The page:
the preacher who just wouldn’t go away

I heard tell about this preacher once. He just wouldn’t go away. He kept talkin about how churches should be noticing the homeless and poor walking the streets. He kept talkin about prisoners and their rights. He knew very well that this wasn’t popular. He knew the folks of this little city would rather see the homeless freeze to death or kill each other than try to help them. He knew that prisons were more popular than shelters, bigger money makers.  But he wouldn’t back down. He kept talking about Jesus and what He said to do. He’d walk the streets with the homeless just to talk and get to know them. He ran this little thrift store and just gave away everything inside. He let the homeless sleep over night in the little store even when the little city said shelters had to be 2000 feet apart. Bars on the same street could be 200 feet apart but when you’re drunk you can’t just sleep on the floor of the bar. So the police harassed the little group who dared invite the homeless into their store. The next day the preacher walked the whole crew the five miles down to the police station and offered himself in behalf of the staff. “Don’t arrest them, he said, arrest me!” The police got all nice and helpful and couldn’t understand what he was talking about. Over the next few weeks, as temperatures dropped, the little store got flooded with hopeless cases. “Lets see if they can withstand this!” someone said. “We’ll see how much rendering their good heart can take!”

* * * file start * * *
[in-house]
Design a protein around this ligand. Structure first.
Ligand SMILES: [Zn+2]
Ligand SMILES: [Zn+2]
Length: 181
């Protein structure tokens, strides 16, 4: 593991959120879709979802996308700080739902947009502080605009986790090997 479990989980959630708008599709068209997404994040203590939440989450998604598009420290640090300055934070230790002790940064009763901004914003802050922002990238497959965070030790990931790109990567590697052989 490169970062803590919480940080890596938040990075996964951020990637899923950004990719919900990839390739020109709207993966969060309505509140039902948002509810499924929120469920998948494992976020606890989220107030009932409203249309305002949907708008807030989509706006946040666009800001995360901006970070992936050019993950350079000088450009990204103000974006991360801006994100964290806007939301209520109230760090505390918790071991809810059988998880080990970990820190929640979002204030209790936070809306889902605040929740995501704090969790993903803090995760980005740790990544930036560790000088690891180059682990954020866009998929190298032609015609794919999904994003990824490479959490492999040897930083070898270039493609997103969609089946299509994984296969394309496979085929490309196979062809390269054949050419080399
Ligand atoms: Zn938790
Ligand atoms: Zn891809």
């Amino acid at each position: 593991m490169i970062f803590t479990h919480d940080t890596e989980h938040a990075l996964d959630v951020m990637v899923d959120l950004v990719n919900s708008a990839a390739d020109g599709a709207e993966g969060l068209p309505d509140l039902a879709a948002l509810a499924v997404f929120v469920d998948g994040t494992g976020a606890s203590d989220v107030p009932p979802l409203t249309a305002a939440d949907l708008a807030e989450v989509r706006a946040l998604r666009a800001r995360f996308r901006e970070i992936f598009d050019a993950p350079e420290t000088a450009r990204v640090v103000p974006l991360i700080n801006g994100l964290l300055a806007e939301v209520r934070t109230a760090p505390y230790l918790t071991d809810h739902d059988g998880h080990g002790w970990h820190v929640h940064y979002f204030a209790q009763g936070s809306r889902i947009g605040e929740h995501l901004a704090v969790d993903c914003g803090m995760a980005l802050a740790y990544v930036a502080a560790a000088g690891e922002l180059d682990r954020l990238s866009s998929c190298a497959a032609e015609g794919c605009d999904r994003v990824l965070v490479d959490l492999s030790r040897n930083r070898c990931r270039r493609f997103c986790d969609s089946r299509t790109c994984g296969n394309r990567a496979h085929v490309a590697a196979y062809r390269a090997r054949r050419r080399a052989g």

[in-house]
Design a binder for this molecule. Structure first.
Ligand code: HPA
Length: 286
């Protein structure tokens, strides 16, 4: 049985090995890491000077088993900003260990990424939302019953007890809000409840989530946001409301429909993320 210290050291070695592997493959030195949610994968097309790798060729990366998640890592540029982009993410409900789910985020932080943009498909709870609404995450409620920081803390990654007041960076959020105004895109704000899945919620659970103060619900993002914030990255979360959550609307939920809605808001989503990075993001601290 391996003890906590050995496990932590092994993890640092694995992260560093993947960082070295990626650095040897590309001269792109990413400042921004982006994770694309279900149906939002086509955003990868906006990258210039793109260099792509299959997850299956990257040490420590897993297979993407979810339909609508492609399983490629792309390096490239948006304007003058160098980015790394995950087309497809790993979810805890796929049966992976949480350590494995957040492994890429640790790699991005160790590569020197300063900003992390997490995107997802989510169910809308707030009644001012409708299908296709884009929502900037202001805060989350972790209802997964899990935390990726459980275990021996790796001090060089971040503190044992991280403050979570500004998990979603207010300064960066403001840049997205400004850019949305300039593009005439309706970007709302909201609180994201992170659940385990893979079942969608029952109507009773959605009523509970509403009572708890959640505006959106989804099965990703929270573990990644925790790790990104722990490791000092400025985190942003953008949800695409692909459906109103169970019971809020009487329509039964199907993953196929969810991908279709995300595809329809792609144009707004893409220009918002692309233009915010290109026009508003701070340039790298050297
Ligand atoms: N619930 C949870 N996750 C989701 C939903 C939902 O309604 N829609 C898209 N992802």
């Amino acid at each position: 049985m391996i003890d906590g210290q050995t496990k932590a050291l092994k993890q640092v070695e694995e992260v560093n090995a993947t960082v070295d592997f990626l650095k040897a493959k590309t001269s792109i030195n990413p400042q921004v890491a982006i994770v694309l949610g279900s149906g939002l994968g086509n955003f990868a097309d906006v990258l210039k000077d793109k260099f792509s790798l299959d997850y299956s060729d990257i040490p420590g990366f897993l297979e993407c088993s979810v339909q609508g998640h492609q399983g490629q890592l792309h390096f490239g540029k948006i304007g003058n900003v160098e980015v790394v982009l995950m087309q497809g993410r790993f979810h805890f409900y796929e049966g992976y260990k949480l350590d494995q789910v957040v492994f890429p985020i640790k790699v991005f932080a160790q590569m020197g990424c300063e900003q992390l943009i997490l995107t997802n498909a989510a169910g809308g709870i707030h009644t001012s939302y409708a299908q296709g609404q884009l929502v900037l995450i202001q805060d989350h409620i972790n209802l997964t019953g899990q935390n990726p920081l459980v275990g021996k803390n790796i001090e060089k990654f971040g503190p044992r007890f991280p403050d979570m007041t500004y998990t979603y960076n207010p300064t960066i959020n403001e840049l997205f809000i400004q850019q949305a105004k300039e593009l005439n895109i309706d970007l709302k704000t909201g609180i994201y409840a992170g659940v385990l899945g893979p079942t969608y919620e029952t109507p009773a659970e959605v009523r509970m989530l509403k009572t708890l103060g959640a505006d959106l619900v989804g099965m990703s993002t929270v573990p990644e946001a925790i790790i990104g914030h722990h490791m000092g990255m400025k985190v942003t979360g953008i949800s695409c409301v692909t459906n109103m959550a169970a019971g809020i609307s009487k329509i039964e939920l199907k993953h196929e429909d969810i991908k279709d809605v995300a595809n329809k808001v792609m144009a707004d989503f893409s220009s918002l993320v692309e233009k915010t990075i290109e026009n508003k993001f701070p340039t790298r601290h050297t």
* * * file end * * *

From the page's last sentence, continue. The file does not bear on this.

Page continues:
This little motley group of believers made up of former street people and sundry volunteers bearing food and smiles would be shown the error of their do-gooding ways. One night a rape happened either near or inside the place. Suddenly the news trucks were surrounding the door. Long after the victim and the accused were forgotten, those who knew the preacher as a rabble rouser smiled with vindication. They knew all along that he was trouble and would only cause trouble. The local paper ran an anonymous editorial saying as much. But the preacher wouldn’t go away. He called the paper and set up an appointment to meet with the anonymous writer face to face. He kept walking the streets, sitting and eating where he was not wanted. “Can’t you see you’re not wanted?” folks asked. “Why won’t the city attack him directly for us?”

This story is not done. That preacher keeps speaking, keeps walking, keeps shining a light on that embarrassing fear this little town has that maybe they’re all just a paycheck away from losing it all. Maybe the town doesn’t work as well as they all hope. Maybe the buckle of the Bible belt lets people die easier than it saves their souls. God bless him. Preach it brother. Keep the faith.

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